Specialists Speaking

Fertility Management

Fertilizer — not too much, not too little DR. M.O. “MO” WAY TEXAS Rice Research Entomologist moway@aesrg.tamu.edu This month’s topic is fertility management. As you know, I’m a bug fella, so I’m no expert on fertility management, although I do know N, P and K are increasingly expensive. Since the majority of Texas rice farmers produce both a main and ... Read More »

Select proper varieties and plant early

DR. M.O. “MO” WAY TEXAS Rice Research Entomologist moway@aesrg.tamu.edu I can’t believe we are approaching another field season. I’m still working on reports from 2013 research! Anyway, the topic for this month is varietal selection, and I will try to address some important issues relating to this topic. In 2013, the most popular variety in Texas was Presidio, which generally ... Read More »

Ratoon acreage continues to increase

DR. M.O. “MO” WAY TEXAS Rice Research Entomologist moway@aesrg.tamu.edu This year about 130,000 acres of rice were planted in Texas – similar to the 2012 planting. For both years, most rice farmers along the Colorado River in Colorado, Wharton and Matagorda Counties were not able to tap this important source of irrigation water due to a continuing drought. However, rainfall ... Read More »

Rice fertility research

DR. JOHN SAICHUK LOUISIANA jsaichuk@agcenter.lsu.edu Fertility research is one of the oldest areas of agricultural research, which might insinuate there is little left to investigate. If that were true, we would not get so many questions from growers each year about rice fertility; these questions drive research Dr. Dustin Harrell has primary responsibility for rice fertility research in Louisiana. Several ... Read More »

Controlling Blast

DR. JOHN SAICHUK LOUISIANA jsaichuk@agcenter.lsu.edu Last year, when I was writing about disease management for the 2012 rice-growing season, I concentrated on what I thought was going to be the major issue of the year – resistant sheath blight. At the time, I was concerned about the possible section 18 label for Sercadis fungicide, which had not, at that writing, ... Read More »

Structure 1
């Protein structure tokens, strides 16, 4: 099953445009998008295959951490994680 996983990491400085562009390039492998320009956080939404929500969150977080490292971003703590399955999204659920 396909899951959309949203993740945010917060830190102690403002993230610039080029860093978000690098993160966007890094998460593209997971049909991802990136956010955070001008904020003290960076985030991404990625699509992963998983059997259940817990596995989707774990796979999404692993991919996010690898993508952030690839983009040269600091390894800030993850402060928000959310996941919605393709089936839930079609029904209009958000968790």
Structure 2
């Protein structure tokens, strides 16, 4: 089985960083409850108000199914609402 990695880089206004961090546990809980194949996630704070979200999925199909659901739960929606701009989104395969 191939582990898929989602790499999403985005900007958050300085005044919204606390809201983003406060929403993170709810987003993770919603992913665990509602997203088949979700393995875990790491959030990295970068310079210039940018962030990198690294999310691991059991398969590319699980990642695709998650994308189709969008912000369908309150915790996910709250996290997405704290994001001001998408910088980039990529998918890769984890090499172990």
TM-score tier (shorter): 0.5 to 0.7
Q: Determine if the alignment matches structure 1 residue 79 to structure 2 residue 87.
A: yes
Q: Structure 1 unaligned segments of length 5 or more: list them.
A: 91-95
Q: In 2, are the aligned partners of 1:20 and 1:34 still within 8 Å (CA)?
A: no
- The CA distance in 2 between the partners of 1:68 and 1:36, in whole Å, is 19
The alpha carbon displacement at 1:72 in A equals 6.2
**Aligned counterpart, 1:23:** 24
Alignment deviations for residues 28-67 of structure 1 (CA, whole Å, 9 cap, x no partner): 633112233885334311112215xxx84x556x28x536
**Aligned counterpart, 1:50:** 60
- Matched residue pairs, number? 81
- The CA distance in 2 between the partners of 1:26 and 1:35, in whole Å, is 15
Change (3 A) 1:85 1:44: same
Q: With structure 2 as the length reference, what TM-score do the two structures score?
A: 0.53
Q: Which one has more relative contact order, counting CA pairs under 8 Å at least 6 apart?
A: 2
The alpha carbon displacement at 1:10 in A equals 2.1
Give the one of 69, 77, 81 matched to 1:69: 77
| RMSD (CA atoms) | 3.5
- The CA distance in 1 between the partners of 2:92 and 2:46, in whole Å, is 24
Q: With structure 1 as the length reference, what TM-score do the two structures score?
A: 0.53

Water-use efficiency options

DR. JARROD T. HARDKE ARKANSAS Rice Extension Agronomist University of Arkansas, Division of Agriculture jhardke@uaex.edu “Do I have an adequate water supply to irrigate the rice acreage I intend to grow?” This should be one of the first questions a rice grower asks before the season begins. For optimum rice production, we need sufficient water availability to be able to ... Read More »

Aquatic insects in rice

DR. M.O. “MO” WAY TEXAS Rice Research Entomologist moway@aesrg.tamu.edu In rice fields, many insects are aquatic and obtain oxygen by absorbing this dissolved gas directly from the water through their integument, by surfacing and taking a bubble of air with them underwater or by trapping air among fine hairs on the undersides of their abdomens. Speaking of aquatic insects, I ... Read More »

What are we going to plant in 2013?

DR. JOHN SAICHUK LOUISIANA jsaichuk@agcenter.lsu.edu One of the most frequently asked questions this fall has been, “What are we going to plant next year?” It is also one of the most uncommon questions I have been asked over the years in this position. Most of the time, the variety selection process in rice is fairly simple because, unlike soybeans, there ... Read More »

Smallflower Umbrella Sedge on zero-grade

SAM ATWELL MISSOURI Agronomy Specialist atwells@missouri.edu At our annual Missouri Rice Producers Conference in February, we had topics on resistant weeds, rice weed control recommendations for flood, furrow and pivot rice. Fertilizer recommendations, soil testing and the economic application of nitrogen and other fertilizers to rice were presented. Variety selection, special rice, insects, diseases, marketing, water issues, the aquifer and ... Read More »

NBLS gains importance in Texas

DR. M.O. “MO” WAY TEXAS Rice Research Entomologist moway@aesrg.tamu.edu Remember the “disease triangle” when thinking about rice disease management. The three points of the triangle are the disease-causing pathogen, the host and the environment. All three interact to determine the incidence and severity of the disease. My first plant pathology course at UC Davis was held in a huge lecture ... Read More »